Being proactive is the best way to ensure ADA compliance. Evaluate access at your facility, train your staff on the ADA’s requirements, think about the ADA when planning an alteration or construction of a new facility, and, most importantly, use the free information resources available whenever you have a question.
- Health Professionals: Please visit, Healthcare Professionals: The ADA and the use of an Interpreter
- Mental Health Professionals: Please visit, Interpreting in Mental Health settings
- Law Enforcement: Please visit, Law enforcement: The ADA and the use of an Interpreter.
- Hotels and Motels: Please visit, ADA Hotels and Motels: Communicating with Deaf and Hard of Hearing Guest
A critical and often overlooked component of ensuring success is comprehensive and ongoing staff training. You may have established good policies, but if front line staff are not aware of them or do not know how to implement them, problems can arise. Businesses of all sizes should educate staff about the ADA’s requirements. Staff need to understand the requirements on modifying policies and practices, communicating with and assisting customers, and accepting calls placed through the relay system. Many local disability organizations, including Centers for Independent Living, conduct ADA trainings in their communities. The Department of Justice or the ADA National Network can provide local contact information for these organizations.
Tax Credit and Deduction
To assist small businesses to comply with the ADA, the Internal Revenue Service (IRS) Code includes a Disabled Access Credit (Section 44) for businesses with 30 or fewer full-time employees or with total revenues of $1 million or less in the previous tax year. Eligible expenses may include the cost of undertaking barrier removal and alterations to improve accessibility, providing sign-language interpreters, or making material available in accessible formats such as Braille, audiotape, or large print.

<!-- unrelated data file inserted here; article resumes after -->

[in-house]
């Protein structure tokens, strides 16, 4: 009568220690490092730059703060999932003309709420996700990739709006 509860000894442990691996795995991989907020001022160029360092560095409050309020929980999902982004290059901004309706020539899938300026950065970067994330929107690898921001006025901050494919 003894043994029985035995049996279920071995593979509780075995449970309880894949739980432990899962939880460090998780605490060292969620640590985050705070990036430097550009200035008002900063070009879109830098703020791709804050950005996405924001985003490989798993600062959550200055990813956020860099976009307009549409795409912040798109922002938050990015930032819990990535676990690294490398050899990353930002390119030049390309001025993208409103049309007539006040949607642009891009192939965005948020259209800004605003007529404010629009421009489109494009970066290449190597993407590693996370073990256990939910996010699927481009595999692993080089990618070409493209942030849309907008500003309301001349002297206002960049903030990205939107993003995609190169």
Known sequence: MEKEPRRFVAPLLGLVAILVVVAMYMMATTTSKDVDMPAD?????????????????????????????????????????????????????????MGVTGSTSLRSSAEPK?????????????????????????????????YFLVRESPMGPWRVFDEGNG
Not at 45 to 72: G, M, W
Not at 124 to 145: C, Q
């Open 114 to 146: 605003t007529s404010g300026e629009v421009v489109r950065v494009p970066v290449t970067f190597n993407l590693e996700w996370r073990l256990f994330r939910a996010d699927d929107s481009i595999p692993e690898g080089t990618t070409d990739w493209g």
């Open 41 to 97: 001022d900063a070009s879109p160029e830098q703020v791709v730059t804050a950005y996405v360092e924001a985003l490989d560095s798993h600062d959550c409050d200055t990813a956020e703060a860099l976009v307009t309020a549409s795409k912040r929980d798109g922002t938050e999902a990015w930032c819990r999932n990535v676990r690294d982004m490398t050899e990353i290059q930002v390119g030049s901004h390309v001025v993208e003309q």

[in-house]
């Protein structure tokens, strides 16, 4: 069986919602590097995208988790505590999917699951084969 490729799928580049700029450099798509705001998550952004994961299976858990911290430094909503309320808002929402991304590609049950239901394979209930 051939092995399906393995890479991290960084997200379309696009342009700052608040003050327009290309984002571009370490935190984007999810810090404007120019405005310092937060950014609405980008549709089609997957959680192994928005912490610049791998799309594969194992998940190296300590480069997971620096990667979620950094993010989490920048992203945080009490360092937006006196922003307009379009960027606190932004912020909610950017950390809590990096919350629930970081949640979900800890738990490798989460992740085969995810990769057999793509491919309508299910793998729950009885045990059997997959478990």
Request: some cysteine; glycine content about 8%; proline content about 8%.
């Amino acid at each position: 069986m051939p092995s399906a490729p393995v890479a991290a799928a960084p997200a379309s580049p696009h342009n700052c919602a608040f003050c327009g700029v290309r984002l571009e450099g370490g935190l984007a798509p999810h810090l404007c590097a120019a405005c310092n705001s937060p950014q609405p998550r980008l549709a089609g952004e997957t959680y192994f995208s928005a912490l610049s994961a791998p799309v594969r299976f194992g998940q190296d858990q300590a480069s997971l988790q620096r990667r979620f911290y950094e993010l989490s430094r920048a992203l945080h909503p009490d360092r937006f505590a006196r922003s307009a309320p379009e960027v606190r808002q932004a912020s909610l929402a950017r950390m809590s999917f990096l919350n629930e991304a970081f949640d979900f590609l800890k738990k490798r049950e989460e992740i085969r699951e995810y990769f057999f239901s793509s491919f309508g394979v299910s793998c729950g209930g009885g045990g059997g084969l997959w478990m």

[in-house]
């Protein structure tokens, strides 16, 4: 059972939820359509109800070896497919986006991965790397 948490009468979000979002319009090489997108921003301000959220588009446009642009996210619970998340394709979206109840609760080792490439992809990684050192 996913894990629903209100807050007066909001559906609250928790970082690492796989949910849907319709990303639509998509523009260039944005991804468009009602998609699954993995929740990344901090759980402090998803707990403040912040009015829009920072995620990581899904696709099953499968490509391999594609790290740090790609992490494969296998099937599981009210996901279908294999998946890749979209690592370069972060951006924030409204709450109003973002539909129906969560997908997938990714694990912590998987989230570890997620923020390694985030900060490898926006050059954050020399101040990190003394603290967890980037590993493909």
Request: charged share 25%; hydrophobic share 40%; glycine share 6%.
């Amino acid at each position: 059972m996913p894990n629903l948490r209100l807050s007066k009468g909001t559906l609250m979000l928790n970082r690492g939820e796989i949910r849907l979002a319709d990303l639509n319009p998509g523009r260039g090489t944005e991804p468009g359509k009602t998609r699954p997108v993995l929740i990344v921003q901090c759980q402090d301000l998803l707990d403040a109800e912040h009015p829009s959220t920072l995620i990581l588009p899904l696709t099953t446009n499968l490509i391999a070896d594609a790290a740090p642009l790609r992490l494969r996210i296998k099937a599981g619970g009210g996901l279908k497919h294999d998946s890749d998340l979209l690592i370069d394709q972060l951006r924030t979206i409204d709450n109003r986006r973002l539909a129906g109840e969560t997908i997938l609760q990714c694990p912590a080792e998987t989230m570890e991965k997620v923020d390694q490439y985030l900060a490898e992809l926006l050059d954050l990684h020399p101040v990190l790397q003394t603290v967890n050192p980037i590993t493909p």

Section 190 of the IRS Code provides a tax deduction for businesses of all sizes for costs incurred in removing architectural barriers in existing facilities or alterations. The maximum deduction is $15,000 per year.
ADA INFORMATION RESOURCES
U.S. Department of Justice
For more information about the revised ADA regulations and 2010 ADA Standards, please visit the Department of Justice´s ADA Website or call our toll-free number.
ADA Information Line
24 hours a day to order publications by mail.
M-W, F 9:30 a.m. 5:30 p.m., Th 12:30 p.m. 5:30 p.m. (Eastern Time) to speak to an ADA Specialist. All calls are confidential.
“Reaching Out to Customers with Disabilities” explains the ADA’s requirements for businesses in a short 10-lesson online course (www.ada.gov/reachingout/intro1.htm).
ADA National Network (DBTAC)
Ten regional centers are funded by the U.S. Department of Education to provide ADA technical assistance to businesses, States and localities, and persons with disabilities. One toll-free number connects you to the center in your region:
800-949-4232 (Voice and TTY)
For technical assistance on the ADA/ABA Accessibilty Guidelines:
800-992 -2822 (TTY)
Internal Revenue Service
For information on the Disabled Access Tax Credit (Form 8826) and the Section 190 tax deduction (Publication 535 Business Expenses):
800-829-3676 (Voice) or 800-829-4059 (TTY)